Gradient overlay

Voice, Vol. 6

Written by
May 20, 2015

When did you become a member of AIGA Chattanooga? Wasn’t it when you were a student at UTC? How did you first hear about AIGA, while a design student in college or before then?

I became a member of AIGA Chattanooga when I was as a student at UTC. The bottom sticker on the back of my AIGA card says I became a member in October of 2009—I don’t think stickers can lie—so I was a sophomore. As a sophomore, I was just starting to learn more about design. A professor suggested joining AIGA Chattanooga to learn more about awesome potential design careers, so I joined.

How important was it to you to become a member? Was it helpful to you then, to become a member? In other words, what did you think you’d get out of being a member of AIGA? Be honest.

Honestly, it was—and still is—super helpful! A majority of the design collaborations I still work on today are with friends and mentors I’ve made through AIGA Chattanooga. I’ve screen printed t-shirts, participated in workshops, designed posters, created zines, and more with my AIGA buddies. The working relationships and connections I made through AIGA were influential in helping me land my first job after college.

What did you pursue after graduation? What was your career path plan? What type of work were you doing then?

I wouldn’t say I had a plan, as much as just a blind determination to do something design related. I didn’t know what specifically, just something. At the same time, I was taking on an independent study in branding and business management for a business idea Cupcakenstein, a cupcakery where customers picked their own icing, cake, and decorations.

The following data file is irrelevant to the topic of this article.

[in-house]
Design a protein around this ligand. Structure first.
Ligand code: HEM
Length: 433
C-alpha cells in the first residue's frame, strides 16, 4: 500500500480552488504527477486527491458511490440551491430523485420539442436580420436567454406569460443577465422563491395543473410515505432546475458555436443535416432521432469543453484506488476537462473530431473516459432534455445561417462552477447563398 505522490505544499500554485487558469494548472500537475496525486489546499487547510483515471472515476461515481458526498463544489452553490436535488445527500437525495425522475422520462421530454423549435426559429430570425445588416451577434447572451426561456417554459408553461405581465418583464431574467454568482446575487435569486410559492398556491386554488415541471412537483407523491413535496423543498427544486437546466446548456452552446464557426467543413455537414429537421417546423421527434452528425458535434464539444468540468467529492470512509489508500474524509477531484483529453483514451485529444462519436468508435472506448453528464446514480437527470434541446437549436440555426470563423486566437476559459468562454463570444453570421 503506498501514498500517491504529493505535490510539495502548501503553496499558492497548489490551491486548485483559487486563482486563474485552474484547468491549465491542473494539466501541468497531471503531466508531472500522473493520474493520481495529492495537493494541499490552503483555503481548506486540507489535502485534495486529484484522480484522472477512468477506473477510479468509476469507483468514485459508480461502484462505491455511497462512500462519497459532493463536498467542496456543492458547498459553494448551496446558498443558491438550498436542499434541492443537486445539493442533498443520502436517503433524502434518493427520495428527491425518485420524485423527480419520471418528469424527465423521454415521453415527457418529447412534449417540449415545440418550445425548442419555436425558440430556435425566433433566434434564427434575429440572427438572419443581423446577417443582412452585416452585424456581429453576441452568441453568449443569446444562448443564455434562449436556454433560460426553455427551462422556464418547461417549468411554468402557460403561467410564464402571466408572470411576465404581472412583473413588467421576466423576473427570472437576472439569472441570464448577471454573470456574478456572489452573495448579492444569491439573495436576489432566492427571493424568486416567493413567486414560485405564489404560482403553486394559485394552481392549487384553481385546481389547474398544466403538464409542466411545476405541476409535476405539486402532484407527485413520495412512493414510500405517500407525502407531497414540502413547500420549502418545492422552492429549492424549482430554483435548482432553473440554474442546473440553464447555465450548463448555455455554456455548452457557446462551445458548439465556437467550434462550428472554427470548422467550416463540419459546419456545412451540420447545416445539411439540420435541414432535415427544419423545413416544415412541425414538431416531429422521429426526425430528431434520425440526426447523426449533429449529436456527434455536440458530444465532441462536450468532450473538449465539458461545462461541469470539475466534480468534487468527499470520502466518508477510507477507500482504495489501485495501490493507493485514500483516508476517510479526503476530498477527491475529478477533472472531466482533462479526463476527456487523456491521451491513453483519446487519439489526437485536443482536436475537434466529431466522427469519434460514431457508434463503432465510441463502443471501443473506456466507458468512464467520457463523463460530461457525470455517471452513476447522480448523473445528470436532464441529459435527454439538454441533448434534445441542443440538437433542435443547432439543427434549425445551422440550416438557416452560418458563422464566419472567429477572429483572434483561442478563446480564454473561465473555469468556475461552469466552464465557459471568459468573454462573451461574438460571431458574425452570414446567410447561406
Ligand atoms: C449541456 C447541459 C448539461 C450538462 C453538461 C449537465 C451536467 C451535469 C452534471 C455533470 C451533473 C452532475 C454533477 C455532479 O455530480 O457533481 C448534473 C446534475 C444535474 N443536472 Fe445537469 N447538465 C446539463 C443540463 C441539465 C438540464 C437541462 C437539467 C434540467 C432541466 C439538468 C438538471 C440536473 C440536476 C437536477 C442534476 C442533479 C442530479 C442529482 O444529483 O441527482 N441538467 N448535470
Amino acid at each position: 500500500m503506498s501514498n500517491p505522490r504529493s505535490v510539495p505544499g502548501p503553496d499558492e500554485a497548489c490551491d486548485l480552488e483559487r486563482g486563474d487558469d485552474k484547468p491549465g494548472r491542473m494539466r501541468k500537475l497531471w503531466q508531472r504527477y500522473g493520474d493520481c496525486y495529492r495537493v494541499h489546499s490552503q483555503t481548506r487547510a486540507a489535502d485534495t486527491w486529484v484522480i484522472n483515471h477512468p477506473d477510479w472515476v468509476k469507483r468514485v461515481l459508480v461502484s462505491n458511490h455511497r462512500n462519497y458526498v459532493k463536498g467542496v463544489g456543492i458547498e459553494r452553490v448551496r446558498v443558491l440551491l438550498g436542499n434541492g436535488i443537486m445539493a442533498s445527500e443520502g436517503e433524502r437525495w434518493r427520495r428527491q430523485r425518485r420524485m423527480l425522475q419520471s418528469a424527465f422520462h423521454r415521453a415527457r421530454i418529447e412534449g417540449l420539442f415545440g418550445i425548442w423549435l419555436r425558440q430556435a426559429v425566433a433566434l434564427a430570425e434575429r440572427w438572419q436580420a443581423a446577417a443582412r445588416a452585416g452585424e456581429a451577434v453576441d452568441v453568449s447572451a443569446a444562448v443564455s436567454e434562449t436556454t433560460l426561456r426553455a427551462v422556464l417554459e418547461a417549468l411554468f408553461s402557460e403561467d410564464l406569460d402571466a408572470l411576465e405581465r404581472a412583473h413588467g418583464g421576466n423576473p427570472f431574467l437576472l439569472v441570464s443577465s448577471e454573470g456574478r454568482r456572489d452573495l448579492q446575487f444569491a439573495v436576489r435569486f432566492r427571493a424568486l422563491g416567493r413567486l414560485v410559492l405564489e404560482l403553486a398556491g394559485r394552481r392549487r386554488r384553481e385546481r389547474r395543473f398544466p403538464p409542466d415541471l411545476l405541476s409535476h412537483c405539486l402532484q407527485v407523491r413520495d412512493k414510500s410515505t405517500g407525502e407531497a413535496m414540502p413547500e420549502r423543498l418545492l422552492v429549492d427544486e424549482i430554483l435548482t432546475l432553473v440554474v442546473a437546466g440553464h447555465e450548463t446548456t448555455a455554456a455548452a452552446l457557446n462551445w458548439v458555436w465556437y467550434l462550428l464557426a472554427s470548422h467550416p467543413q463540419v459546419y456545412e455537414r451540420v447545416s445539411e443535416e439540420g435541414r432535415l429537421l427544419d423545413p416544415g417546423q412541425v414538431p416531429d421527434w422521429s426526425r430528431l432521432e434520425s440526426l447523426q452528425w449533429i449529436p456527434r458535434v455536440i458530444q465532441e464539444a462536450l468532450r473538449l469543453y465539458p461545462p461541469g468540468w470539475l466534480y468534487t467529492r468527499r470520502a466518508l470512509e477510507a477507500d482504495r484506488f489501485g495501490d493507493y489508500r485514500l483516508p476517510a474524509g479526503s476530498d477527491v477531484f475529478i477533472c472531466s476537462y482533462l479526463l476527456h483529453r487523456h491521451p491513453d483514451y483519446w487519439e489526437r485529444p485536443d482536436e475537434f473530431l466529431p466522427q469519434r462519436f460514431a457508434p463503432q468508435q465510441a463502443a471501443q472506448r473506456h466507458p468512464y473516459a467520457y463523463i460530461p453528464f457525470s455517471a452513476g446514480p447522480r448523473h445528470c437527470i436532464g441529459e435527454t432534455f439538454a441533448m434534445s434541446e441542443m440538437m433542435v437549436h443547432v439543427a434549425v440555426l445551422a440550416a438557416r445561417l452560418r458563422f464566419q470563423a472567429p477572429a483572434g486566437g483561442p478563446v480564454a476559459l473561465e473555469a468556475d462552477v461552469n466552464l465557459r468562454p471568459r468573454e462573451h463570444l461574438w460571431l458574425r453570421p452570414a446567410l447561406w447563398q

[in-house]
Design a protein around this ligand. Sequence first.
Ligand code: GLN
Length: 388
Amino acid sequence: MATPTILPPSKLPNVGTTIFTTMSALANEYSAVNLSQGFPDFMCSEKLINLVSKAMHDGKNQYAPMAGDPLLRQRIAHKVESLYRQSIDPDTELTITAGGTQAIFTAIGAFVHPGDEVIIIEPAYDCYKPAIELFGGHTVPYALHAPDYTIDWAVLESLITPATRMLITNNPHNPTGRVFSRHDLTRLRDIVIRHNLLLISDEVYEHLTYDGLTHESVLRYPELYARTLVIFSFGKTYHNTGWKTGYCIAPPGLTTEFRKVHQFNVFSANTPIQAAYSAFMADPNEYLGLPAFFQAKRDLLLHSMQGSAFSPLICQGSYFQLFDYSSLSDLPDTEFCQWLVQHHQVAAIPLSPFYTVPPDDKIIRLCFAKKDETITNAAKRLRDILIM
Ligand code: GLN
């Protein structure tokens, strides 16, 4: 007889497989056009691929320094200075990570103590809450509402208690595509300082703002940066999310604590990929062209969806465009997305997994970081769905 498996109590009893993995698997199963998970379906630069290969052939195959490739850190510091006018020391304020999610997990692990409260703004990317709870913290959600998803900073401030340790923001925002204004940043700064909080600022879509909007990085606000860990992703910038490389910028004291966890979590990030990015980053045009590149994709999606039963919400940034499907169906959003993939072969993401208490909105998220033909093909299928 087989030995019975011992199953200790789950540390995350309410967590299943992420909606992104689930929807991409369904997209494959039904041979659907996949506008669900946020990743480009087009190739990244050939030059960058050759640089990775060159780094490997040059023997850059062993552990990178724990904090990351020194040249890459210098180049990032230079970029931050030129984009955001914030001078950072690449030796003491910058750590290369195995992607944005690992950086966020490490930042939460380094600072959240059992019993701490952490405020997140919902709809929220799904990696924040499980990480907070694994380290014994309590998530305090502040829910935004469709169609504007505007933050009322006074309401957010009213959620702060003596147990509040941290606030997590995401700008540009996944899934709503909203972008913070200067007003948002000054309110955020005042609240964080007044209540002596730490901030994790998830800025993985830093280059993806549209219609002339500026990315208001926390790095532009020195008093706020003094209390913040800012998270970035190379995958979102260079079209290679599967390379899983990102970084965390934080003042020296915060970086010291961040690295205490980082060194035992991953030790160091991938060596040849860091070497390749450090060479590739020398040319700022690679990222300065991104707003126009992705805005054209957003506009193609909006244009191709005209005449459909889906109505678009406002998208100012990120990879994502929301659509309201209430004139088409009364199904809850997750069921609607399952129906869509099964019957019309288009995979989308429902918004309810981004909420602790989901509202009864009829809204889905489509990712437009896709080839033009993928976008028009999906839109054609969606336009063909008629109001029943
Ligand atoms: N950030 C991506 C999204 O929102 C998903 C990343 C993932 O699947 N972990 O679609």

To design a more professional brand identity and business model I attended Springboard—now known as Co.Starters—an entrepreneur class through Co.Lab. Through the class, I met former AIGA board member, DJ Trischler. DJ was excited about my enthusiasm over Cupcakenstein’s branding process and asked me to keep him updated when I saw him at upcoming AIGA events. I continued to update him on my design process and thinking. Finally when I finished Cupcakenstein’s full brand identity, DJ offered me a job to work with him, his business partner, and design team at D+J. I learned a ton while working with D+J. I designed for various mediums such as logos, brand guides, websites, and I even baked a cupcake or two for special occasions.

What is the value you place on being a member now? Has it been helpful in other ways, ways that might not have been planned, like new relationships, new opportunities?

I still find a great deal of value out of being a member! Events such as Drink & Draw are great for networking with my AIGA buddies. It’s also a fun and safe place to receive feedback on sketches or ideas for upcoming design projects. I find this to be pretty invaluable. Plus no one seems to mind when I overshare pictures of my cat Vlad, so there’s another bonus.

Your career as a designer has led you to Center Centre, right?! That’s exciting! Can you share more about how that came about? If applicable, how did being a member of AIGA help or aid you in the decision to join the Center Centre team? Or did being a member of AIGA help you in any way get the opportunity to be at Center Centre?

There is a connection to AIGA Chattanooga and my job at Center Centre—the user experience design school creating the next generation of industry-ready UX designers.

One of the co-founders of Center Centre is Dr. Leslie Jensen-Inman, a former AIGA Chattanooga board member and the professor I mentioned earlier who suggested I join AIGA. In the Spring of 2013, while Leslie was in the process of creating Center Centre, she offered me my full-time job as the in-house designer!

Every day is different and allows my to infuse my love for learning into everything I create for Center Centre. I’m also thrilled to work in an environment that supports my activity in organizations like AIGA Chattanooga, Cha Developer, Chattanooga Tech Council, Toastmasters, CodeXX, and more. I’m always excited to meet new designers, developers, and others to collaborate with, and I encourage others to do the same. You never know where collaborations or friendships will lead you and AIGA can be a springboard for those adventures.

AIGA encourages thoughtful, responsible discourse. Please add comments judiciously, and refrain from maligning any individual, institution or body of work. Read our policy on commenting.